As you mature, arthritis may creep into your joints and make your knees ache. This may be exacerbated if you have played sport for a long time.

There are some exercises that will help to strengthen your muscles, so that your knee does not take as much strain and you will be able to manage the pain just a bit better.

Hamstring Stretches

When you begin doing hamstring stretches, you may find that your leg will not stretch far. This will improve as your muscle warms up and you become more limber.

Only do this stretch as far as your leg will allow you to. Stop if it hurts.

  • Lie on your back with your legs slightly bent.
  • Hold the two ends of a towel/sheet in each hand.
  • Bend one leg and put your one foot against the centre of the towel.
  • Gently raise your leg, pulling gently on the ends of the towel.
  • Push your foot against the towel to help to raise it easily.
  • As your leg raises, try to straighten it.
  • Lower your leg slowly. When you have lost the stretch, let the towel go and extend your leg on the floor.
  • Repeat with the other leg.

Performing a hamstring stretch will also stretch your arms and your back slightly.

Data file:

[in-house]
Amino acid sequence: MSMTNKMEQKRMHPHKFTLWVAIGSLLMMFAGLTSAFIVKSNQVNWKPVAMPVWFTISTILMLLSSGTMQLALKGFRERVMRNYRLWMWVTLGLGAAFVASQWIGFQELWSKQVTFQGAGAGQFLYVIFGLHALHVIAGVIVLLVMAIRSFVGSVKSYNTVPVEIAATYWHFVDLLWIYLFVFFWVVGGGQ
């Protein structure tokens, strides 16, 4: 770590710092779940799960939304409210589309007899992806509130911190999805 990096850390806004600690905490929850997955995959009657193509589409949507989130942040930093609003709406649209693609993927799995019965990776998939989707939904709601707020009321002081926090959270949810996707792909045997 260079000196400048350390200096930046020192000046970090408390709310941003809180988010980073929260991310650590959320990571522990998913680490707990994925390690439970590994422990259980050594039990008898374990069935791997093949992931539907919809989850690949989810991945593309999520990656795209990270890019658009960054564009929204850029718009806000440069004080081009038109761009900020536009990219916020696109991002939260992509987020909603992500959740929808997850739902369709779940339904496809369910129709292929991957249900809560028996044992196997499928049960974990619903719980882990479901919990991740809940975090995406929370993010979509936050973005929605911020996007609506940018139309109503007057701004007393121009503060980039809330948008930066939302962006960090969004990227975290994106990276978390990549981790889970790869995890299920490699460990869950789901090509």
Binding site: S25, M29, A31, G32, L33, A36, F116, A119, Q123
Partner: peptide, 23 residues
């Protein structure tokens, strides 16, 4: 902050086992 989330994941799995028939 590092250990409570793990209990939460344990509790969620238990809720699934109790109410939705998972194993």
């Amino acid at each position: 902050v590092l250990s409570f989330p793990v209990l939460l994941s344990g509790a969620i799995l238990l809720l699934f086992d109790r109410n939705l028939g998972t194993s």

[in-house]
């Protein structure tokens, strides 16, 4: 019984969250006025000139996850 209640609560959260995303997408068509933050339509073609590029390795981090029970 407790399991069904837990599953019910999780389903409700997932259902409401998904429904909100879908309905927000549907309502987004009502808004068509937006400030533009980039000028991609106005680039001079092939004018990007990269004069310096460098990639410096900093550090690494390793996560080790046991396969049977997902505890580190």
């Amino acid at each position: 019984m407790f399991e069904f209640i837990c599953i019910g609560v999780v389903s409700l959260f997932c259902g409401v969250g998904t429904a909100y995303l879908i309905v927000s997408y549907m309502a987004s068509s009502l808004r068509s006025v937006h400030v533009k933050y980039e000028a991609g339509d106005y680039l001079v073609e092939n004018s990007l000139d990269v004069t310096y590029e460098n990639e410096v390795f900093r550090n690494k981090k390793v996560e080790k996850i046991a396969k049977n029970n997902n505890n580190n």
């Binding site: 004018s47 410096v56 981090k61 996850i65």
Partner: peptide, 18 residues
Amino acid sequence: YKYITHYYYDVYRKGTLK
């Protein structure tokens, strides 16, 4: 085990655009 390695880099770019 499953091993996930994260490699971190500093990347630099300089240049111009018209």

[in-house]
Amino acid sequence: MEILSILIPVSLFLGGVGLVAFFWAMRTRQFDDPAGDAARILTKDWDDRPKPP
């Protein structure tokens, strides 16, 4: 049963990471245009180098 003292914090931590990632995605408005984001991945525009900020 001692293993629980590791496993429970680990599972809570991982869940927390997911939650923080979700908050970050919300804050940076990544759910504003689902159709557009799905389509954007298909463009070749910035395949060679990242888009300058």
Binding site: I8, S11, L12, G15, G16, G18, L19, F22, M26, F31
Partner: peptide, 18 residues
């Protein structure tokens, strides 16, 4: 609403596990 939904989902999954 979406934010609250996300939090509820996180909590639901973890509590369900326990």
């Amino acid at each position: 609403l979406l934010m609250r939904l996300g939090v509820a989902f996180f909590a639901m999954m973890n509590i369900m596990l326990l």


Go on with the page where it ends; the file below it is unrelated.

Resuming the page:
Pillow Squeeze

The pillow squeeze focuses on strengthening the muscles inside your legs, but also uses all your thigh muscles.

The exercise can be performed sitting or standing.

Seated pillow squeeze:

  • Sit on the edge of a chair.
  • Double a pillow over and put it between your knees.
  • Push your legs inwards, against the pillow.
  • Hold for a few seconds, then release.

When you perform the leg extension, focus on tightening your thigh muscles.

Lying pillow squeeze:

This form of the pillow squeeze relaxes your whole body and focuses on your legs.

  • Lie on your back with your knees slightly bent.
  • Your back should be flat on the floor.
  • Put a doubled-up pillow between your legs.
  • Squeeze your knees together.
  • Hold for a few seconds, then release.

Side stepping

To perform a side step, you must begin by standing in a neutral position, with your feet about hip width apart.

  • Extend your right leg out to the side.
  • Step on to it and bring your legs together.
  • Now, extend your left leg out to the side.
  • Step onto it and bring your legs together.
  • Make sure that the leg you are standing on is strong and your foot is steady on the floor.

You can also do this exercise with your legs bent slightly, so that you are using your thigh muscles a bit more.

In side-step, keep the movement smooth, swopping from side-to-side.

Knee Pain Exercises for Seniors

Quad stretch

Your quadriceps are major muscles that link to your knees.

Performing a quad stretch helps to stretch and strengthen those muscles. You will need to balance on one leg for this exercise, so make sure you hold onto the back of a chair, or support yourself against a wall.

  • Stand in a neutral position, with your feet slightly apart.
  • Bend one leg so that you can hold your ankle with the hand on the same side.
  • Gently push your foot away from your body.
  • Release your foot and put it down again.